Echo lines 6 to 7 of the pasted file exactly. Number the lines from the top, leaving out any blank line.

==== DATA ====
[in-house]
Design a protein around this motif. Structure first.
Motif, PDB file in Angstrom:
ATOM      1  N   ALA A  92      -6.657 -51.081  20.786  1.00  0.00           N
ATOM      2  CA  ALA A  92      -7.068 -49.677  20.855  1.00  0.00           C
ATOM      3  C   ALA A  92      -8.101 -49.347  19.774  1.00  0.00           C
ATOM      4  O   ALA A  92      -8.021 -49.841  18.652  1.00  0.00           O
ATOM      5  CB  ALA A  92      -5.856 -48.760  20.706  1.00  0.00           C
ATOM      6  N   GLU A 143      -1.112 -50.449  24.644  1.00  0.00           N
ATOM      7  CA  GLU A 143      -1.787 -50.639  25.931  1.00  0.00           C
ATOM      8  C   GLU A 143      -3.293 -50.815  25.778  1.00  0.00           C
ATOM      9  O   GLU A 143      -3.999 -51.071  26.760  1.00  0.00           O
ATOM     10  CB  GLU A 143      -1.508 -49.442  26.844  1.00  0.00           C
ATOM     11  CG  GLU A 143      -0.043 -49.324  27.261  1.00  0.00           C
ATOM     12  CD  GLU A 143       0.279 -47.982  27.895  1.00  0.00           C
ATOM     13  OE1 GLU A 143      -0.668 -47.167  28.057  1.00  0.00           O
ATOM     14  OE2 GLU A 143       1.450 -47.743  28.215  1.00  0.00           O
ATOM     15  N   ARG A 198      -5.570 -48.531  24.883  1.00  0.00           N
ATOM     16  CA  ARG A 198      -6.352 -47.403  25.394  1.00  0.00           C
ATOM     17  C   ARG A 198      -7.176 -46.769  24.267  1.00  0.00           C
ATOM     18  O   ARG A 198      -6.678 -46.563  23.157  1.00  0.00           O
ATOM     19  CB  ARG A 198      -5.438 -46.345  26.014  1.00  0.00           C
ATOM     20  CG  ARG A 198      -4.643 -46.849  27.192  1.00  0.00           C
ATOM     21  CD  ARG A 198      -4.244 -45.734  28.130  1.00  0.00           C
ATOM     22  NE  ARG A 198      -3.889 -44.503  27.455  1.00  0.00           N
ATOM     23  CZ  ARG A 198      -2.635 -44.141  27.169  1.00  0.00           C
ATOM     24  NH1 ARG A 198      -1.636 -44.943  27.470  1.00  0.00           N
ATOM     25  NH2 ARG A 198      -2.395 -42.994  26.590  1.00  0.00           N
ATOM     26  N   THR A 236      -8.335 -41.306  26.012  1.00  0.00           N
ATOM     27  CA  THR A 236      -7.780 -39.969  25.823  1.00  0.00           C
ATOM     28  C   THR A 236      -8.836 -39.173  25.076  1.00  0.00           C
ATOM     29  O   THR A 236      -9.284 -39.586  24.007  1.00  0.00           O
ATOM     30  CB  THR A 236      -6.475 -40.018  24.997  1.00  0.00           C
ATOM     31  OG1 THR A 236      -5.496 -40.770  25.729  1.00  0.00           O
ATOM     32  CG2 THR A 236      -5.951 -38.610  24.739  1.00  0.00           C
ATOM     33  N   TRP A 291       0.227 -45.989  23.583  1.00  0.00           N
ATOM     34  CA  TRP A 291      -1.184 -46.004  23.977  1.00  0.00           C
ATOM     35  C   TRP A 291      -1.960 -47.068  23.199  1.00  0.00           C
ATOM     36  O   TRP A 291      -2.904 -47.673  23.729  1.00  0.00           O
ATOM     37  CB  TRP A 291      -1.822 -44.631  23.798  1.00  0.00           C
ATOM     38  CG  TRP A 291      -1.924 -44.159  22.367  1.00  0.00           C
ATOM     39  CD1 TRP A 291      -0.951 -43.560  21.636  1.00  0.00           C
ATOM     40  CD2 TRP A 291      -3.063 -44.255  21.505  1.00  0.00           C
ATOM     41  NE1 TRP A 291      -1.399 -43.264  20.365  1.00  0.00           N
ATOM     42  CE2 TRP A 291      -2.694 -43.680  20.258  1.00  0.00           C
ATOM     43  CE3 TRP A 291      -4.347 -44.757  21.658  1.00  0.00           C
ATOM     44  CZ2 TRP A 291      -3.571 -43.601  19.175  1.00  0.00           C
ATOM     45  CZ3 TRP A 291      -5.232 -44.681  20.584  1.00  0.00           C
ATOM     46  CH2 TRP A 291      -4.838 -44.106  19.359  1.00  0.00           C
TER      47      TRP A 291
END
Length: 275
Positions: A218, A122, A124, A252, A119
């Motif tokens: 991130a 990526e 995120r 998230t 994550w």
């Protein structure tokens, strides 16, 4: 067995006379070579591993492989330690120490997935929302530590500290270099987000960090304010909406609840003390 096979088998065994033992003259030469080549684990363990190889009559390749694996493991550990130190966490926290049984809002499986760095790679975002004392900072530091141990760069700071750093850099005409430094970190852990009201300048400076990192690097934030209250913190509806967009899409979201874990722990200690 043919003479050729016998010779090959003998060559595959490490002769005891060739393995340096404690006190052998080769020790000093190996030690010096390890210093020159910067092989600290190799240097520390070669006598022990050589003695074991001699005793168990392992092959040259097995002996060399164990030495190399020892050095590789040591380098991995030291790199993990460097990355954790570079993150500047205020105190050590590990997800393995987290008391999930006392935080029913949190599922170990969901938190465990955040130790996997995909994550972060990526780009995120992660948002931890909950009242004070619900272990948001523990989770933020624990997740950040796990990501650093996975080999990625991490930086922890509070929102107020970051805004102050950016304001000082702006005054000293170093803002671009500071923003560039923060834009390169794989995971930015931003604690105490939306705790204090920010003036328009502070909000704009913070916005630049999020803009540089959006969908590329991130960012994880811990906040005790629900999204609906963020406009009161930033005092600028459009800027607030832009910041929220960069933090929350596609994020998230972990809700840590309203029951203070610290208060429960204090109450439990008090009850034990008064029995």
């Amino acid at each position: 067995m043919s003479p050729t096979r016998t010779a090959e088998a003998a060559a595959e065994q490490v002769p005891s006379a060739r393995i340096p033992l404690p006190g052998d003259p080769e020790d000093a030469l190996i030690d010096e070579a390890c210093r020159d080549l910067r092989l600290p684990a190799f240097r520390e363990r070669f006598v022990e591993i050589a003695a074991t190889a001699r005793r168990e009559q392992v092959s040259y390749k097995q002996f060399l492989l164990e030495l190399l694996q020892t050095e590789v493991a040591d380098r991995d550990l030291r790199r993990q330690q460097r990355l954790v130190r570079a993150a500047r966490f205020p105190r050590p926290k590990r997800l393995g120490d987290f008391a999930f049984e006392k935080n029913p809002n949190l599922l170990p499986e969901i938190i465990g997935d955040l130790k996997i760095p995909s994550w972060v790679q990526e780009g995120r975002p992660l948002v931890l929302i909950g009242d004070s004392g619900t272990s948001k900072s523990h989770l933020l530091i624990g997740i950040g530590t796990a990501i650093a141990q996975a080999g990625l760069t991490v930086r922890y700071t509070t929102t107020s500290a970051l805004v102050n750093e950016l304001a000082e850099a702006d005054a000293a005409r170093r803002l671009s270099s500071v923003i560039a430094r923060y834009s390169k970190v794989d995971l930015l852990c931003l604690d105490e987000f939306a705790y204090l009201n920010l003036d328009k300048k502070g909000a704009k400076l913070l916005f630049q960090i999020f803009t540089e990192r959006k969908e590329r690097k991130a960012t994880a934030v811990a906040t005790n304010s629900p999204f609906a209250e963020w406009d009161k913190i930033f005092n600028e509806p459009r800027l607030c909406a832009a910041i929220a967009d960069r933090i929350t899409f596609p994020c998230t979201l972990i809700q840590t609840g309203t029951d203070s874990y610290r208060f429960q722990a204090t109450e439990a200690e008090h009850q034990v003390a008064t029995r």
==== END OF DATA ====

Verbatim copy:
ATOM      3  C   ALA A  92      -8.101 -49.347  19.774  1.00  0.00           C
ATOM      4  O   ALA A  92      -8.021 -49.841  18.652  1.00  0.00           O